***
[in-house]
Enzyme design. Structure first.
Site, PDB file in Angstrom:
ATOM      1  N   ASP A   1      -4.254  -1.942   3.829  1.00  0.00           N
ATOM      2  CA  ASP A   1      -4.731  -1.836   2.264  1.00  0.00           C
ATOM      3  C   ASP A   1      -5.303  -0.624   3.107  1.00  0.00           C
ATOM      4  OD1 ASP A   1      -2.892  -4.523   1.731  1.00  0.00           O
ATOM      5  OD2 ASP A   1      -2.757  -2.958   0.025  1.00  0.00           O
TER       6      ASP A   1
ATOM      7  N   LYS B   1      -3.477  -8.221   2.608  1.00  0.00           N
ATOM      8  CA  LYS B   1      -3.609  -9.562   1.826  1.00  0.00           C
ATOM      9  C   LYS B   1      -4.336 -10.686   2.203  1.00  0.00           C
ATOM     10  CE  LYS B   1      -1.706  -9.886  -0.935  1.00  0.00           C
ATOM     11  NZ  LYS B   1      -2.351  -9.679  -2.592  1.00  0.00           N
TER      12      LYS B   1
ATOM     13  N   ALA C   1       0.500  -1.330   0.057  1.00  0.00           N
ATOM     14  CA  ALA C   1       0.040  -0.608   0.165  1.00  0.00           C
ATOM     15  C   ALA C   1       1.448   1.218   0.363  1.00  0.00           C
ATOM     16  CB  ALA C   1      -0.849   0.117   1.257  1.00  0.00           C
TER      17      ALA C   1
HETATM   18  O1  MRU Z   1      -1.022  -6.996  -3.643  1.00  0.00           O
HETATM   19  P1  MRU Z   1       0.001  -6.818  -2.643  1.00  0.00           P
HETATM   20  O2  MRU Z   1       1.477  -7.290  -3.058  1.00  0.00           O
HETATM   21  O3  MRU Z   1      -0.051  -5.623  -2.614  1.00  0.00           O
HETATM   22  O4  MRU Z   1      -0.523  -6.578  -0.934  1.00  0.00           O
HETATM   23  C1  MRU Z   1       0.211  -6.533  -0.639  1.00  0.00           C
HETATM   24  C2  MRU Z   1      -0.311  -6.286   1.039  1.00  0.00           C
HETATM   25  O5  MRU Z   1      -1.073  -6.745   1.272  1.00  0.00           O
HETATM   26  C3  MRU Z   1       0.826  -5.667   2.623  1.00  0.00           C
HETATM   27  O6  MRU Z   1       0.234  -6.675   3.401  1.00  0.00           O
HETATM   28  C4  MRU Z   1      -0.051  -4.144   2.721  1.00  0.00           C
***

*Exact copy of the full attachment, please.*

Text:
[in-house]
Enzyme design. Structure first.
Site, PDB file in Angstrom:
ATOM      1  N   ASP A   1      -4.254  -1.942   3.829  1.00  0.00           N
ATOM      2  CA  ASP A   1      -4.731  -1.836   2.264  1.00  0.00           C
ATOM      3  C   ASP A   1      -5.303  -0.624   3.107  1.00  0.00           C
ATOM      4  OD1 ASP A   1      -2.892  -4.523   1.731  1.00  0.00           O
ATOM      5  OD2 ASP A   1      -2.757  -2.958   0.025  1.00  0.00           O
TER       6      ASP A   1
ATOM      7  N   LYS B   1      -3.477  -8.221   2.608  1.00  0.00           N
ATOM      8  CA  LYS B   1      -3.609  -9.562   1.826  1.00  0.00           C
ATOM      9  C   LYS B   1      -4.336 -10.686   2.203  1.00  0.00           C
ATOM     10  CE  LYS B   1      -1.706  -9.886  -0.935  1.00  0.00           C
ATOM     11  NZ  LYS B   1      -2.351  -9.679  -2.592  1.00  0.00           N
TER      12      LYS B   1
ATOM     13  N   ALA C   1       0.500  -1.330   0.057  1.00  0.00           N
ATOM     14  CA  ALA C   1       0.040  -0.608   0.165  1.00  0.00           C
ATOM     15  C   ALA C   1       1.448   1.218   0.363  1.00  0.00           C
ATOM     16  CB  ALA C   1      -0.849   0.117   1.257  1.00  0.00           C
TER      17      ALA C   1
HETATM   18  O1  MRU Z   1      -1.022  -6.996  -3.643  1.00  0.00           O
HETATM   19  P1  MRU Z   1       0.001  -6.818  -2.643  1.00  0.00           P
HETATM   20  O2  MRU Z   1       1.477  -7.290  -3.058  1.00  0.00           O
HETATM   21  O3  MRU Z   1      -0.051  -5.623  -2.614  1.00  0.00           O
HETATM   22  O4  MRU Z   1      -0.523  -6.578  -0.934  1.00  0.00           O
HETATM   23  C1  MRU Z   1       0.211  -6.533  -0.639  1.00  0.00           C
HETATM   24  C2  MRU Z   1      -0.311  -6.286   1.039  1.00  0.00           C
HETATM   25  O5  MRU Z   1      -1.073  -6.745   1.272  1.00  0.00           O
HETATM   26  C3  MRU Z   1       0.826  -5.667   2.623  1.00  0.00           C
HETATM   27  O6  MRU Z   1       0.234  -6.675   3.401  1.00  0.00           O
HETATM   28  C4  MRU Z   1      -0.051  -4.144   2.721  1.00  0.00           C